Chronicles Of Historical Travelers: Lakshmi Rameshwar Rao
Lakshmi Rameshwar Rao, Hyderabad

Many foreign travelers have visited India over the centuries and have left accounts that give us valuable glimpses of our history. Perhaps the earliest known traveler to India was Megasthenes (302 B.C. – 298 B.C) who was the ambassador of the Greek king Seleucus I Nikator. He visited India during the supremacy of Chandragupta Maurya. Chandragupta was known to the Greeks as Sandrocottus. Megasthenes returned to his country and authored the book ‘Indica’.

In 957 A.D. the Arab traveler Al-Masudi visited south India and documented his travels in his book “Muruj-ul-Zehab”.

Alberuni/Abu al-Rayhan Muhammad ibn Ahmad al-Biruni was a remarkable Persian scholar who visited India in 1017, travelled the sub- continent and wrote a book called Tariq-al- Hind describing the culture of the country and the practices of the Hindus of that period.

Fa-Hien was a Chinese monk who visited India during the reign of Chandragupta II (405 -411) on a religious mission to collect ancient Buddhist texts. He travelled on foot from China to India and returned by sea.  He spent some ten years in the country. He visited Pataliputra, Lumbini, Bodh Gaya, Varanasi and other places associated with the life of the Buddha. He collected and studied both Buddhist and Sanskrit texts and documented the various Buddhist traditions of that time. His voyage is described in his travelogue “Record of Buddhist Kingdoms”.

Hiuen Tsang or Xuanzang (602-664) was another Chinese Buddhist monk who travelled overland during the reign of Harsha Vardhan to obtain Buddhist scriptures. He visited many monasteries in the sub- continent that followed either the Hinayana or Mahayana Buddhist traditions. He studied at the famous Nalanda University in Bihar for some time. He even travelled south and visited Kanchi during the reign of the Pallava ruler Narasimhavarman II. 

He reported that the Pallava empire was prosperous, the climate was hot and the people courageous, honest and truthful. Hiuen Tsang has left an extensive account of his travels across India and neighbouring countries in his great work the ‘Datang-Xiyu-Ji’ (Records of the Western Regions of the Great Tang Dynasty). He carried home many Sanskrit texts. He later translated valuable Mahayana Buddhist texts and his work had a deep influence on Chinese Buddhism.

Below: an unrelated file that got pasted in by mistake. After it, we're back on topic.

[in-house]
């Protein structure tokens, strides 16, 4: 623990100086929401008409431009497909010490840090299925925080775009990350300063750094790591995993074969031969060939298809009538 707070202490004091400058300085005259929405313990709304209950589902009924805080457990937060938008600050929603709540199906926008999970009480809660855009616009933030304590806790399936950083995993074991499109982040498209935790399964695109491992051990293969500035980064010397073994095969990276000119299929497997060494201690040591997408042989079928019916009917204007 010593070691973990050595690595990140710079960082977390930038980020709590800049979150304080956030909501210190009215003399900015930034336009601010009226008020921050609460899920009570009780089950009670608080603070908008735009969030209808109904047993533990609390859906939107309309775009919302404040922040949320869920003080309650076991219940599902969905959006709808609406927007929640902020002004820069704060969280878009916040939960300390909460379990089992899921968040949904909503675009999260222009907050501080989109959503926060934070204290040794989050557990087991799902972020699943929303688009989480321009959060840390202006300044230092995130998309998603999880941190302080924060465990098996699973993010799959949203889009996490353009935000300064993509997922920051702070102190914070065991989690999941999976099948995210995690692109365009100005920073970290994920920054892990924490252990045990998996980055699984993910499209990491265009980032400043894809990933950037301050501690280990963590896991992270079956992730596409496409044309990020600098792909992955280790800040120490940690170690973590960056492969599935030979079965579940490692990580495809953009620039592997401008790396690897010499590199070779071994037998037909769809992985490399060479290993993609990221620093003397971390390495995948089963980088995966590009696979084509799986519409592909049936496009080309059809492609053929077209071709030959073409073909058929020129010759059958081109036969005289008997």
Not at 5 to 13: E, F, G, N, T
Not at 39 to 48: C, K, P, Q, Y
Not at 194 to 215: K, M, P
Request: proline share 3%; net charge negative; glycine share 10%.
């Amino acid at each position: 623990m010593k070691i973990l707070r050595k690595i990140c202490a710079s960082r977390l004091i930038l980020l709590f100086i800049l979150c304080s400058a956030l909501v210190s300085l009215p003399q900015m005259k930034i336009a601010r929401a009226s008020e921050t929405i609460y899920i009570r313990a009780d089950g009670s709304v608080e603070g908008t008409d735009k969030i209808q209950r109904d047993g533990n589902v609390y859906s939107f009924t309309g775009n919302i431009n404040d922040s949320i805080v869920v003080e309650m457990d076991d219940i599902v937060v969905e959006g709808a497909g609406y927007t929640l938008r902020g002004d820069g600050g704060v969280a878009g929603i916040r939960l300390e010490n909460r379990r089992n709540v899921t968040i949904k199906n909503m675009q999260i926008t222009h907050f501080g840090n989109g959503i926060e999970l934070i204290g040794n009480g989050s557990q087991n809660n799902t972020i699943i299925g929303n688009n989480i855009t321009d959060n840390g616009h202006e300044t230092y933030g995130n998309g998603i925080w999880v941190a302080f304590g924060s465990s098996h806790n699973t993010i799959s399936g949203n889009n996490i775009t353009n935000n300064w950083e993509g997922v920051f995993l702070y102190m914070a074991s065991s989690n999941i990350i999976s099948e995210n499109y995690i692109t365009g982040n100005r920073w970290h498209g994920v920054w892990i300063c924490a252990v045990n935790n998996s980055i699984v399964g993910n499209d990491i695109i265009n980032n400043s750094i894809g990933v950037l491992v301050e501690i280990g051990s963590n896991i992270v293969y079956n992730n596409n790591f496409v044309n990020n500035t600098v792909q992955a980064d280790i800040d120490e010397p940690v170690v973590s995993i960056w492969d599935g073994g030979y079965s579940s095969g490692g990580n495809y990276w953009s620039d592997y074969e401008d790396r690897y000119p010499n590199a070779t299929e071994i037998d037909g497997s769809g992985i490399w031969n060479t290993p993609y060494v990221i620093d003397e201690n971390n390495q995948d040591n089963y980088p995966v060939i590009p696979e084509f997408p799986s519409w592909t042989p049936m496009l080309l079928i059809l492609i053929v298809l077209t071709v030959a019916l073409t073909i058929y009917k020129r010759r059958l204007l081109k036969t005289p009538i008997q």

An early account of trade between India and China was written by a Chinese customs officer Chau-Ju-Kua. He describes how during the thirteenth century there was shipping between the two countries and that Chinese sent porcelain and silk in exchange for cotton and spices, particularly pepper, from the Malabar coast. The records do not make it clear whether he actually visited India or merely recorded his detailed observations of the trade with India and other countries.

The famous Venetian trader and explorer Marco Polo (1254 – 1324) wrote ‘The Travels of Marco Polo’ documenting for the western world the wonders of the Orient. He travelled through Asia along the Silk Road and lived for some years in Shangdu under the patronage of the Mongol king Kublai Khan who ruled much of China. He travelled widely across China and other lands.

In 1292 AD he arrived on the Coromandel coast and visited the kingdom of the Pandyas. He wrote a fascinating account of the prosperous kingdom, its, court, temples, customs and food habits. He also wrote briefly of a kingdom ruled by queen Rudramma Devi of the Kakatiya dynasty whose riches included the famed diamond mines of Golconda. He also visited the Malabar coast.

In 1334 the Islamic scholar Ibn Batuta, who had spent years exploring primarily the Muslim world ranging from the Arab kingdoms to those of cental Asia came to Delhi. His scholarship impressed the sultan Mohammed Bin Tughlak who granted him the position of a judge. He enjoyed this position for several years and even married and fathered children. He was later sent as an envoy to China but the trip was disastrous and eventually he returned to his home in Morocco where he wrote a travelogue known as the ‘Rihla’.